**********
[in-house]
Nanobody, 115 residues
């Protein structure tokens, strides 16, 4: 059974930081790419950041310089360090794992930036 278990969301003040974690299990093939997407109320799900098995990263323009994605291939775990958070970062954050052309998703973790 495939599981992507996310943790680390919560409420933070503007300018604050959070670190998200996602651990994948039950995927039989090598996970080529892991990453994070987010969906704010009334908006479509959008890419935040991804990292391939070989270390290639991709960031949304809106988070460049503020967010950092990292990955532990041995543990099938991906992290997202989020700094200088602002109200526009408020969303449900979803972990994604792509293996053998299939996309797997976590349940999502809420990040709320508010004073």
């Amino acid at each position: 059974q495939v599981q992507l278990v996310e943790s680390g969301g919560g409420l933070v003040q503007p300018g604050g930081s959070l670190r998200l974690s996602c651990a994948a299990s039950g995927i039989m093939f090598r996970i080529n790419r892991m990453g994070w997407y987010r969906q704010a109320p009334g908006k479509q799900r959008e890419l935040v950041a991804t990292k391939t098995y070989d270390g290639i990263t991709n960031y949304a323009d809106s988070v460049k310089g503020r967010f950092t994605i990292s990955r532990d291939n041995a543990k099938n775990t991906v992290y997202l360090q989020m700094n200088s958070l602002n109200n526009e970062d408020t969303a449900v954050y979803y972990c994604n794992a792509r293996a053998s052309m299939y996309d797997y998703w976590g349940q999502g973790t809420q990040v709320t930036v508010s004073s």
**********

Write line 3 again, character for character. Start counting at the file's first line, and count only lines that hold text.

């Protein structure tokens, strides 16, 4: 059974930081790419950041310089360090794992930036 278990969301003040974690299990093939997407109320799900098995990263323009994605291939775990958070970062954050052309998703973790 495939599981992507996310943790680390919560409420933070503007300018604050959070670190998200996602651990994948039950995927039989090598996970080529892991990453994070987010969906704010009334908006479509959008890419935040991804990292391939070989270390290639991709960031949304809106988070460049503020967010950092990292990955532990041995543990099938991906992290997202989020700094200088602002109200526009408020969303449900979803972990994604792509293996053998299939996309797997976590349940999502809420990040709320508010004073």